Half of the objections you get in a sales conversation are not real– they are simply the customer’s way of testing you out and buying time to make a decision, says Jason McElhone, director of inside sales at MarketSource. In a webinar hosted by InsideSales.com, Jason covered how to overcome objections and how to phrase your sales pitch to overcome objections and even prevent objections from being raised in the sales conversation.
Cold Calling Is All About Objection and Rejection
Having made hundreds of thousands of cold calls in his sales career, Jason is accustomed to hearing objections from customers. This doesn’t mean you need to give up. The few customers who do answer the phone and get into a conversation have a higher chance of converting than using any other communication method, said Jason.
“Ninety percent of my day is a failure. Meaning, nobody’s in, nobody’s interested, nobody’s got any money, nobody’s there to pick up the phone. We all know connect rates when it comes to the telephone are 10 to 15% at best. When it comes to email, if you can get a 3% response rate you’re lucky. 97% of the time, and I send thousands of emails every single week, is a no. Nobody’s home, nobody’s interested. The important message here is very simple. Do you have what it takes?“ said Jason, during the webinar.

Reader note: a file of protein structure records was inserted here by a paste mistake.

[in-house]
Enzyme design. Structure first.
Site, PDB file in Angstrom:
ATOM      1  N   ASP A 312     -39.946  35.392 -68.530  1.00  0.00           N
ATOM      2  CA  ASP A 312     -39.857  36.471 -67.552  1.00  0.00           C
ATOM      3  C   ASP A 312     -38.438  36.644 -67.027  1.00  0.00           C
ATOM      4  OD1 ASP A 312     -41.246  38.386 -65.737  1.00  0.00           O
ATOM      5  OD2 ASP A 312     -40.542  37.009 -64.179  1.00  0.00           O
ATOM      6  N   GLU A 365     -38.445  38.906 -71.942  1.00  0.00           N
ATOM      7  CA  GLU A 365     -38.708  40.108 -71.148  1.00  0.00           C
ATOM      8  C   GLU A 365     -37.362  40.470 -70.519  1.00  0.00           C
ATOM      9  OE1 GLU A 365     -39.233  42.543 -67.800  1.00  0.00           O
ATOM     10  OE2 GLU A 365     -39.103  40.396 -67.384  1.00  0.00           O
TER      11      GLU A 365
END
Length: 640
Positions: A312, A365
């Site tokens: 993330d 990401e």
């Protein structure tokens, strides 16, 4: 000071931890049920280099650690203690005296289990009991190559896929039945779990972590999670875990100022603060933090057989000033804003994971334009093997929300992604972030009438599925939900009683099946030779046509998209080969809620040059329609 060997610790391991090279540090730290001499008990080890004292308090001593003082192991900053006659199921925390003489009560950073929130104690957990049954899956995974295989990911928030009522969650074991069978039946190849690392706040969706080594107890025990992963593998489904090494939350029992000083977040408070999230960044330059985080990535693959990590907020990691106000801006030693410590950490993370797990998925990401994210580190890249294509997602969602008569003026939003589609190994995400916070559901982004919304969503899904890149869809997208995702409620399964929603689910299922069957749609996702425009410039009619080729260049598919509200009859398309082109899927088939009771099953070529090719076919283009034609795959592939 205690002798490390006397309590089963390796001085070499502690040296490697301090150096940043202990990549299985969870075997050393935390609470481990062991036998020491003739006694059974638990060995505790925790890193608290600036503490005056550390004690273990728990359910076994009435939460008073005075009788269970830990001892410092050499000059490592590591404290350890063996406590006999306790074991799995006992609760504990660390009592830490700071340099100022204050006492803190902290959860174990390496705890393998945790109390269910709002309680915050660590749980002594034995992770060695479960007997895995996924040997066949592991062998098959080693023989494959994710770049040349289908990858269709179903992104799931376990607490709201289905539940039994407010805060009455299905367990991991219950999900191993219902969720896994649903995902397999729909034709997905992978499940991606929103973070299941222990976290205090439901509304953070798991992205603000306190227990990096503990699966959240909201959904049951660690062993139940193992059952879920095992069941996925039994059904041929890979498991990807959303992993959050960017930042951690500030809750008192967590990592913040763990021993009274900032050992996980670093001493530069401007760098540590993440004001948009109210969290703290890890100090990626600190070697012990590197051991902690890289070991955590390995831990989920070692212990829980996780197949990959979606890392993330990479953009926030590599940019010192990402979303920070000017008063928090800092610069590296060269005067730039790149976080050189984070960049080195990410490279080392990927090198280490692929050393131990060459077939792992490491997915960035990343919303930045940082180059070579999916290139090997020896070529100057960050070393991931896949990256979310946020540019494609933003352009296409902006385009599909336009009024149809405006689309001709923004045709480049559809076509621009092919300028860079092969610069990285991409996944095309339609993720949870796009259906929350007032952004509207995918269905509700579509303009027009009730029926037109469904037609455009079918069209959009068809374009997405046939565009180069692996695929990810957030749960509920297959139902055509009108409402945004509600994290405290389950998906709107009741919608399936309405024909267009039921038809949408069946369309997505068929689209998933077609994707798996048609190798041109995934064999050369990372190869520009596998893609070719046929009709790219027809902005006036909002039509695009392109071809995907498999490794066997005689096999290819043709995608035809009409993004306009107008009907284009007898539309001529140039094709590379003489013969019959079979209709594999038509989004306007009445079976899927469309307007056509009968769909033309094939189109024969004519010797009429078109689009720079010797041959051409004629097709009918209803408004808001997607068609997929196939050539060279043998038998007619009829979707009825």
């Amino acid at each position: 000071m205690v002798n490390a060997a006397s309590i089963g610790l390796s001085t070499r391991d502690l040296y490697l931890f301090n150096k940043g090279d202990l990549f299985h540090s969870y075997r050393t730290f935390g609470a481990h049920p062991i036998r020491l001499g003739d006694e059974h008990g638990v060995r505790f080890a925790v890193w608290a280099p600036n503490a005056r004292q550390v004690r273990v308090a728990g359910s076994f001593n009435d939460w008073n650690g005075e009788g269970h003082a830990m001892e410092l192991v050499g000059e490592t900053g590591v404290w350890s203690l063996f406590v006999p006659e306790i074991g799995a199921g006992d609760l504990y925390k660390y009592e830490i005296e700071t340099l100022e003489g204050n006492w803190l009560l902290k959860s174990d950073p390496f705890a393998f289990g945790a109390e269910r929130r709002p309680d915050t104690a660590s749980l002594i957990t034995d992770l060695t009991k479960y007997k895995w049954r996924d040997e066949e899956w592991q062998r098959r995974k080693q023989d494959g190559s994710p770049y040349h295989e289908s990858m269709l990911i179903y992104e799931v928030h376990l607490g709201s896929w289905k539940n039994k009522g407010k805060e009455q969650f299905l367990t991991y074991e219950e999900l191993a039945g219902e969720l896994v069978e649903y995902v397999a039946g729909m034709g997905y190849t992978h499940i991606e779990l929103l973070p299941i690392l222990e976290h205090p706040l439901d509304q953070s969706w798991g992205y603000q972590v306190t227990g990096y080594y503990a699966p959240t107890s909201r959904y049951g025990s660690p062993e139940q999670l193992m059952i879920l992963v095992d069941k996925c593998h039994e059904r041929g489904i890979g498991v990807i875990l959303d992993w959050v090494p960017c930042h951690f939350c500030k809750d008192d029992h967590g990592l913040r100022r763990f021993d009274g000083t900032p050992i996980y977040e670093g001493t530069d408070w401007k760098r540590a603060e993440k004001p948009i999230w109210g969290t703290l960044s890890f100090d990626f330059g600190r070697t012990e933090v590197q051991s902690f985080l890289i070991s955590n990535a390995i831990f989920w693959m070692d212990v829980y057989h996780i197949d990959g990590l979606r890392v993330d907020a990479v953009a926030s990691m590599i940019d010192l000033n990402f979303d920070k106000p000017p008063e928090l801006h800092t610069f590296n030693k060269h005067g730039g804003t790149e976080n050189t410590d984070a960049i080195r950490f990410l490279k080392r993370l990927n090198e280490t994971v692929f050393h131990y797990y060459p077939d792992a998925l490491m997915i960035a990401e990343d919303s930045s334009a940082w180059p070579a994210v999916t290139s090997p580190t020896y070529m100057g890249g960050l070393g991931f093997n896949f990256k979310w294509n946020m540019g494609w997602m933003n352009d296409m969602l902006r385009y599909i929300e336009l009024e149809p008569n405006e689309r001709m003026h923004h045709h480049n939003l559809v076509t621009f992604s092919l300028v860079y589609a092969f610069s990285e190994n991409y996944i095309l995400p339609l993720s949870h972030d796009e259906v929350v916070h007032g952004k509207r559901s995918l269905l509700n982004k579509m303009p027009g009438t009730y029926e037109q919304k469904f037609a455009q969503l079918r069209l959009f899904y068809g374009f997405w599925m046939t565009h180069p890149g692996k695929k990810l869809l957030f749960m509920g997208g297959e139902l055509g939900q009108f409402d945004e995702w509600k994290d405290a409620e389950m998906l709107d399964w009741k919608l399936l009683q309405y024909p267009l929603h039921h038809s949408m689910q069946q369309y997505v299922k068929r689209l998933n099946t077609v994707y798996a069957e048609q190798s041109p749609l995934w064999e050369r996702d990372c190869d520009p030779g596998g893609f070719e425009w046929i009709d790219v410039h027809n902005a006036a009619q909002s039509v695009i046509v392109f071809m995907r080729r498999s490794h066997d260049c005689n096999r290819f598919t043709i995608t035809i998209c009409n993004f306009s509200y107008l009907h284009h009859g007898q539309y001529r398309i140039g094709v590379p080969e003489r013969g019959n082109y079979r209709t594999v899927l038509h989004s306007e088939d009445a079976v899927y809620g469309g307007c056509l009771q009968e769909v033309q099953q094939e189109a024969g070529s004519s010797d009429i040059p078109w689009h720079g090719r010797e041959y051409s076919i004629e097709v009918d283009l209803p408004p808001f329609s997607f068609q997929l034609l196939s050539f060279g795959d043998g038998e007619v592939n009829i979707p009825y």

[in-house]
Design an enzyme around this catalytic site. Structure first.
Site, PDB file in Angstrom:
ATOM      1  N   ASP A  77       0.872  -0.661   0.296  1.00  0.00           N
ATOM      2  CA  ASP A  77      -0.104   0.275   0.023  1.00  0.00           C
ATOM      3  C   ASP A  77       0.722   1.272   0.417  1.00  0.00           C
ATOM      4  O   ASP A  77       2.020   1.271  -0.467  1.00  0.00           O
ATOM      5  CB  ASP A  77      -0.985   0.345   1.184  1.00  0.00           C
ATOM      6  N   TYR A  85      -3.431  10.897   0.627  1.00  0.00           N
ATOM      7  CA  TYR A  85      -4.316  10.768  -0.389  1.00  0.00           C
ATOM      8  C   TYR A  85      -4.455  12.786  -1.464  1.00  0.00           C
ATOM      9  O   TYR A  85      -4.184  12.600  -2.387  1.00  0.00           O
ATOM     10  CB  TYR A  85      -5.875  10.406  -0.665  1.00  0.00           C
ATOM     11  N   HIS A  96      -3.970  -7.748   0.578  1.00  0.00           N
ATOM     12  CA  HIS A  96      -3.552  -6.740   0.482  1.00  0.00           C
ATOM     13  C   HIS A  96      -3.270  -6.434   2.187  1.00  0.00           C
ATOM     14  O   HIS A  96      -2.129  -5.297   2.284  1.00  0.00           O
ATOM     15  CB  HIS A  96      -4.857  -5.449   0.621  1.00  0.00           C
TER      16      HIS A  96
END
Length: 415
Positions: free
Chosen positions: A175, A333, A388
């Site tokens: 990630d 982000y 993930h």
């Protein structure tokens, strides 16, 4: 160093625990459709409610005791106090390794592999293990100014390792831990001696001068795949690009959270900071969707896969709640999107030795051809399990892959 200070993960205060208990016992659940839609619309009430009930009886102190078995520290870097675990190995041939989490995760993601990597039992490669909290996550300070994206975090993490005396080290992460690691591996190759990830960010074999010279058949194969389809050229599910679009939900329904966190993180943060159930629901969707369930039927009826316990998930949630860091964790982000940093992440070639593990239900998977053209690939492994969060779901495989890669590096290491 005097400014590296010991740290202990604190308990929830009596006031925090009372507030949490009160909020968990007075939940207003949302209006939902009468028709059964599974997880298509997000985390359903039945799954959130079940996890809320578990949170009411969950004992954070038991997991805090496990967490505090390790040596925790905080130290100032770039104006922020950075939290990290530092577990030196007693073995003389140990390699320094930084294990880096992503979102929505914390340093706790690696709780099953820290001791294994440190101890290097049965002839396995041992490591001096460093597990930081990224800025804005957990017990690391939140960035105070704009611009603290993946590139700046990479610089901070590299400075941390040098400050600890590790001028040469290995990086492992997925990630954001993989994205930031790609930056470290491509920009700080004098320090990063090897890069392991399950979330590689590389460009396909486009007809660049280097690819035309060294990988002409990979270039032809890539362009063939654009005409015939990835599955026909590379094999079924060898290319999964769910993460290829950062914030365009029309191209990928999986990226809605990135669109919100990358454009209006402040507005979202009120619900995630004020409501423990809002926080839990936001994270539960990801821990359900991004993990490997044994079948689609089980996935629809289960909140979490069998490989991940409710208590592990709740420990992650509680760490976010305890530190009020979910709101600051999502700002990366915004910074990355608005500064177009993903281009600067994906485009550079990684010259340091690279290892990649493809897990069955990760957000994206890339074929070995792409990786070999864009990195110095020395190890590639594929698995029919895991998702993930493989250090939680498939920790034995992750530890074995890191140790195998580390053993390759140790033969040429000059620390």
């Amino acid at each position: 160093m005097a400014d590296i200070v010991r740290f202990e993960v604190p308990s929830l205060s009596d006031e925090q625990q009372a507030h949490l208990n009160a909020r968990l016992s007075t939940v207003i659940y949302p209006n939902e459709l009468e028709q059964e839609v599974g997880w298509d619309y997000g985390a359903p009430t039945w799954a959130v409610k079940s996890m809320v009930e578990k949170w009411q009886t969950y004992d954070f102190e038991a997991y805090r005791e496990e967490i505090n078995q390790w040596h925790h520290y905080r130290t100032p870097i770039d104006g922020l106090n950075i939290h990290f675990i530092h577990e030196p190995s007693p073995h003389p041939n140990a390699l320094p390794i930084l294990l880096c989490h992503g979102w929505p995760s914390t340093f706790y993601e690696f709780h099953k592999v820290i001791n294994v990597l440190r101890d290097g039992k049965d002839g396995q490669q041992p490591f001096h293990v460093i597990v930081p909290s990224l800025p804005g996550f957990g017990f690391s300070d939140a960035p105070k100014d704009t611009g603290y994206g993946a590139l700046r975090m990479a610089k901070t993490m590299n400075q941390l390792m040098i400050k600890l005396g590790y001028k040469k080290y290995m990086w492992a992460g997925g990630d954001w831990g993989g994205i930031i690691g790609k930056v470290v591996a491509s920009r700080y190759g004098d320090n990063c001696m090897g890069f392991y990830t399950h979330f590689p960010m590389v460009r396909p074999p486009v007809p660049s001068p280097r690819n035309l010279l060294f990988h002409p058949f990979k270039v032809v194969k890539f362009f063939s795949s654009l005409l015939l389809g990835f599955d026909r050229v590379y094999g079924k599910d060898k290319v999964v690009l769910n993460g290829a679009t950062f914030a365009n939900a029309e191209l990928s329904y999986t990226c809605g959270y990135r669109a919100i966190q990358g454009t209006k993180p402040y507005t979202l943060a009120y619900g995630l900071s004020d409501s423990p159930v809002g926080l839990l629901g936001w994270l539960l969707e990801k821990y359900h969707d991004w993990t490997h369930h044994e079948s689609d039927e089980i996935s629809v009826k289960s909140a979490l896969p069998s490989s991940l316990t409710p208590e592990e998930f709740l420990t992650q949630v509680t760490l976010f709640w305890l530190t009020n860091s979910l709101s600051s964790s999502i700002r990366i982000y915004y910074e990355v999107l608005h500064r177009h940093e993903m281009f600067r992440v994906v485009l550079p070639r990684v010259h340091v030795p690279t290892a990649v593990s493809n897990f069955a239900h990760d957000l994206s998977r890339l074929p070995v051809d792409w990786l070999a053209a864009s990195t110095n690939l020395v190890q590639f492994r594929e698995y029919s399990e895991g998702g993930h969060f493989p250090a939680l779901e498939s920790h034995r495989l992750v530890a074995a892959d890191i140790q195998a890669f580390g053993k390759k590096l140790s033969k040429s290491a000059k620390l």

Many sales reps will be discouraged by the rejection and leave the profession, adds Jason. Although Artificial Intelligence has made significant progress in the sales technology field, sales reps still deal with a high rate of rejection and many leave the profession, adds Jason.